Winhurst Recruitment
0115 972 6513

Blogs & Vlogs

Blogs & Vlogs

I'd like a free replacement please.

A few months ago, I was approached by a new client, a business I’d never heard of before but when they explained what they did, I was sold. What they did was brilliant, and I’d even experienced some of their work when I was in the food industry. They are a small entrepreneurial business that is experiencing really strong growth and I thought their work ethic as well as culture was excellent. The job they wanted recruiting for was a tough one but you’re talking to the girl who found a Company Microbiologist and an Industrial Engineer, I think it’s safe to saw I specialise in tough recruits!! (I also enjoy the straight forward ones as well by the way!)

I explained how I worked, that I don’t have a huge database of candidates, I didn’t before GDPR and I certainly don’t have now, so I find candidates. Yes, I advertise but I also search and do a huge amount of proactive work on LinkedIn as well as mapping out companies and tapping into my network. We agreed on terms of business and then they asked if they could have a free replacement if the candidate I placed didn’t work out. Now I’ve been taught to never make a decision that you’re not entirely comfortable with straight away. If you need to think about it, be honest and take some time. Anyone can wait 10 minutes for any decision, unless you’re in the Emergency Services I’d say.

And here were my thoughts. I complete the assignment, find a candidate that after they’ve interviewed a couple of times, they want to offer the job to, they start work, for reasons beyond my control it doesn’t work out…..why would I then do all that work again for free? And why should I? If I had made an error in the recruitment and something had happened that was my fault, then yes, I should be held accountable but if a candidate doesn’t work out, why would that be?

Clients point of view….

The candidate isn’t performing as well as you had hoped? Or there has been a change in the businesses circumstances? They don’t fit in culturally? They turn up late every day? They miss deadlines? That’s to name a few.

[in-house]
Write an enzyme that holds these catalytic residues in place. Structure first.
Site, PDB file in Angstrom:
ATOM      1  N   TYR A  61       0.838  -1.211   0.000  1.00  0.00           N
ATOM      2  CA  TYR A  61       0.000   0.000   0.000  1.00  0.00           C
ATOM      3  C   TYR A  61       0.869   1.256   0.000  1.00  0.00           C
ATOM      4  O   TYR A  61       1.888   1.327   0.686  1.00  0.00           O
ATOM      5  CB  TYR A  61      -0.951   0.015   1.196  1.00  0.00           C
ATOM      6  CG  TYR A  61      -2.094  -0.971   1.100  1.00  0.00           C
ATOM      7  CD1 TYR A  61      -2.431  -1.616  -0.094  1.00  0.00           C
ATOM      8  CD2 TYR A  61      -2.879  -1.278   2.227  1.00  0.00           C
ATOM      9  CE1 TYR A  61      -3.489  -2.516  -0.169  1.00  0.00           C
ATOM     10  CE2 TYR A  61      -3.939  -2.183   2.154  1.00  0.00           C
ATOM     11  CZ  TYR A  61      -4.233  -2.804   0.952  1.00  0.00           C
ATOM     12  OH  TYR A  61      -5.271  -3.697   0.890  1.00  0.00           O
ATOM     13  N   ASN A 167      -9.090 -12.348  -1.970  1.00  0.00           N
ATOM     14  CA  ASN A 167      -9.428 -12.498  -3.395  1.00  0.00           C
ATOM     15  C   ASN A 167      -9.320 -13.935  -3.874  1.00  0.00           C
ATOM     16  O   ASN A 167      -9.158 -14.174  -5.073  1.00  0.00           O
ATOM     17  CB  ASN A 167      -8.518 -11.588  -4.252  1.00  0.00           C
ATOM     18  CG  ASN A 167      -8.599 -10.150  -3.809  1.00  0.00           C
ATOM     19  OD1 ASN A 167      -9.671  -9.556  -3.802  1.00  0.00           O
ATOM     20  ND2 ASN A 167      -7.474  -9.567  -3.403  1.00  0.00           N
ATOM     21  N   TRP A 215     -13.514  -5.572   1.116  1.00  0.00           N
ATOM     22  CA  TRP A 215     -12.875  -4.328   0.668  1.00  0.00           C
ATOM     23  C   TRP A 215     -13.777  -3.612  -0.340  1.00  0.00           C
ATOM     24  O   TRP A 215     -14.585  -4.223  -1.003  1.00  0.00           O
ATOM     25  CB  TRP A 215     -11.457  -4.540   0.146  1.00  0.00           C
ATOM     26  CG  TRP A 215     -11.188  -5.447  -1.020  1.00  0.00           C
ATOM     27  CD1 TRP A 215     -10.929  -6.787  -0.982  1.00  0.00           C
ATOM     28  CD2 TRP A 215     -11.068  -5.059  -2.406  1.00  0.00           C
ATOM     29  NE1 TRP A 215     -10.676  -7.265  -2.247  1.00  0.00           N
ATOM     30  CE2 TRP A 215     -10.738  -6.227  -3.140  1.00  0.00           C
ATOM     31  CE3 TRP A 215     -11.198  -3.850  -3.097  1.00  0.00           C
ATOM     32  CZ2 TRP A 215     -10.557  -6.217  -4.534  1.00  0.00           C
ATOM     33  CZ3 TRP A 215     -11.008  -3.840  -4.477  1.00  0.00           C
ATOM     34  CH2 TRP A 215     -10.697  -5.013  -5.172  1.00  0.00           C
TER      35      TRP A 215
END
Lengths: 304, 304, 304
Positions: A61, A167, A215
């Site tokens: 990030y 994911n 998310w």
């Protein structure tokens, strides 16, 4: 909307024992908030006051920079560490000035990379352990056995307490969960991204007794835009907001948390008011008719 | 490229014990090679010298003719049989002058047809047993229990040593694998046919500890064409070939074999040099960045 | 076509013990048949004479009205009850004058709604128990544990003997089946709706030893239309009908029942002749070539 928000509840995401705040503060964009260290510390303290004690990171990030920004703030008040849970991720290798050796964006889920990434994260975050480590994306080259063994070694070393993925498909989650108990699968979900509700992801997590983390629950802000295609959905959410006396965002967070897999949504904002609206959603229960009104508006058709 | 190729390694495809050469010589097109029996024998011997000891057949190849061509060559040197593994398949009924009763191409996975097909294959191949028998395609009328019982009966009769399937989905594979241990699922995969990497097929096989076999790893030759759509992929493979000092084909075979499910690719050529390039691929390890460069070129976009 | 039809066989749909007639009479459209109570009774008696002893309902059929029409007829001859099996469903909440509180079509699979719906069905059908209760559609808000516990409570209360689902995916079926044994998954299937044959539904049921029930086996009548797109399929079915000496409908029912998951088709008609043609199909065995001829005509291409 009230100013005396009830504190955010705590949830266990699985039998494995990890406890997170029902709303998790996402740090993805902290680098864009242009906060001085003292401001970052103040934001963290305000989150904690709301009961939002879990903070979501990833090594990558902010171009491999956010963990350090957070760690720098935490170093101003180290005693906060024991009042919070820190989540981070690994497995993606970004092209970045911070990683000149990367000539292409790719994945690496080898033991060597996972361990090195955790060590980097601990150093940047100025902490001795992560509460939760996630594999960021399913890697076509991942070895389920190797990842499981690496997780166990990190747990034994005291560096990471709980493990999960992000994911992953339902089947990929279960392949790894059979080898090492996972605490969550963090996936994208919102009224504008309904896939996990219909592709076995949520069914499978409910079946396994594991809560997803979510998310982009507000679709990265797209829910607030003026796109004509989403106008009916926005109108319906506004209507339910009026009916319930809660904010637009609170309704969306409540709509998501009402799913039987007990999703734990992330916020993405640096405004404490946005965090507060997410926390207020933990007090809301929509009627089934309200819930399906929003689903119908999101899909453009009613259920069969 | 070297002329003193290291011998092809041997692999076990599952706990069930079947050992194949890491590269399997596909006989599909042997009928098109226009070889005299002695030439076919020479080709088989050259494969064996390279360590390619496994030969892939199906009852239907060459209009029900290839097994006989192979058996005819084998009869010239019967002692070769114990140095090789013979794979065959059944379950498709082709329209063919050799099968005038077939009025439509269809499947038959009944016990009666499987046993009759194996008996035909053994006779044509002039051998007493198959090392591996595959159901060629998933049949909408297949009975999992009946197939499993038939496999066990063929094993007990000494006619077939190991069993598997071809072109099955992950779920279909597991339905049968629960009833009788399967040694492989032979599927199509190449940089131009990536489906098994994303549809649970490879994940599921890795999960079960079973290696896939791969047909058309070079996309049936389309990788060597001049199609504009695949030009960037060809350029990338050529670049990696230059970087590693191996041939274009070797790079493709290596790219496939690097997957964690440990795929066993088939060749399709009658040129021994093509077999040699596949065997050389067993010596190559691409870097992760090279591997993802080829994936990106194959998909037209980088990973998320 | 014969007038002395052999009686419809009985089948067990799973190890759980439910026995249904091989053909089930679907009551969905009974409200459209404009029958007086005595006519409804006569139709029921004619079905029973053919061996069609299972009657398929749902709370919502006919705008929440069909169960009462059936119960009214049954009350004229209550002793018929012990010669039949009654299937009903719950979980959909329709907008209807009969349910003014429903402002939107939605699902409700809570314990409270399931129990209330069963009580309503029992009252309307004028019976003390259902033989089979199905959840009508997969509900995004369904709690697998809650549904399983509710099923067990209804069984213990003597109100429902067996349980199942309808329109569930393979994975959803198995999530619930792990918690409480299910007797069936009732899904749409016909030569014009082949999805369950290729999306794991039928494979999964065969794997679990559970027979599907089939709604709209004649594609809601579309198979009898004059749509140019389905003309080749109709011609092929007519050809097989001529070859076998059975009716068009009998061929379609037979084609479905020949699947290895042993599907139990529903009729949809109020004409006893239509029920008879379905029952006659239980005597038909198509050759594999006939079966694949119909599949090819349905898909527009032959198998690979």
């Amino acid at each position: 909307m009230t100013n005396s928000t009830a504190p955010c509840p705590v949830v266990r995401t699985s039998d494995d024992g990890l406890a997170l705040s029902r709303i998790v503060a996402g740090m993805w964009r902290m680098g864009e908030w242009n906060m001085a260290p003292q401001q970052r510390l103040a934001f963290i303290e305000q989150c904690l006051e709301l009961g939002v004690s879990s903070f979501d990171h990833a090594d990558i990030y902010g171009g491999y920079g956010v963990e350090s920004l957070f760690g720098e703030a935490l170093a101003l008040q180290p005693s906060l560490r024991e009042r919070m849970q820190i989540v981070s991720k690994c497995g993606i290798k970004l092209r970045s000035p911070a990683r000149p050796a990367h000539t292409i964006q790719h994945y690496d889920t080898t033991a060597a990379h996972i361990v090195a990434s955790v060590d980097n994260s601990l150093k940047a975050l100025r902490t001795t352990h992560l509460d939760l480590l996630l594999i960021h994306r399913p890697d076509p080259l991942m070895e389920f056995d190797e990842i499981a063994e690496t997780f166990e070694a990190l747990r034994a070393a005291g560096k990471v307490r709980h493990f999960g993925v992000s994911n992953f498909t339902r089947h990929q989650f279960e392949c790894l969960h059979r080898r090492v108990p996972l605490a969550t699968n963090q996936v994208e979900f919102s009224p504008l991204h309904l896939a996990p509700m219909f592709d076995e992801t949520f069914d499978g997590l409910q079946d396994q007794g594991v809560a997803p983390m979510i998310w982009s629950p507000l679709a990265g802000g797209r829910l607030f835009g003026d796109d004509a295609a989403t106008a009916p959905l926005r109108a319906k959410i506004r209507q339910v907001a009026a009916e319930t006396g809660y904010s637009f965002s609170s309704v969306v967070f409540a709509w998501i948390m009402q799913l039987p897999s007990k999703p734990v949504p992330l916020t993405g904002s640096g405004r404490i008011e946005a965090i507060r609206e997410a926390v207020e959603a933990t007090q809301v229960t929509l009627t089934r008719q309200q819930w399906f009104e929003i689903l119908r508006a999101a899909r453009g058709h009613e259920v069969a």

Candidates point of view….

Doesn’t enjoy the job or doesn’t like working for the business? What they said at the interview is different compared to the reality? The commute isn’t great, and they under-estimated it. Or as it sometimes happens, personal circumstances have changed, and they need to relocate?

There could be a million and one reasons from each party but none of them are the recruiter’s fault. A recruiter merely makes an introduction on who they think has the right experience for a role and would be the best fit into the business. And as much as it pains me to say, if it doesn’t work out, why should the recruiter be the one to do all the work again for free? No recruiter (who wanted long term relationships) would be so harsh to say “tough, you can pay the full fee again” and if they do, then a client needs to walk away from that recruiter as the benefit to working with an agency is all about relationships and partnership. But looking at things the other way around, should the client be expected to pay the full fee again? Probably not.

So, I don’t know what the answer is but what I do know is I personally cannot work for free. I have a skill and expertise that should be valued. I already work without payment until a candidate starts their new job and, in some cases, if they’re on 3 months’ notice and payment terms are 45 days, a recruitment process can take 2 months, so I don’t get paid for 6 months. And that is part of the job, something I budget and plan for, and something I accept as part of what I do but I cannot work for free because of something that has changed or happened beyond my control. Quite simply a recruiter should not take 100% of the hit. So, what is the answer? I still don’t know. But I’m open to ideas and suggestions as I’d have loved to have worked with that client.


Tel: 0115 972 6513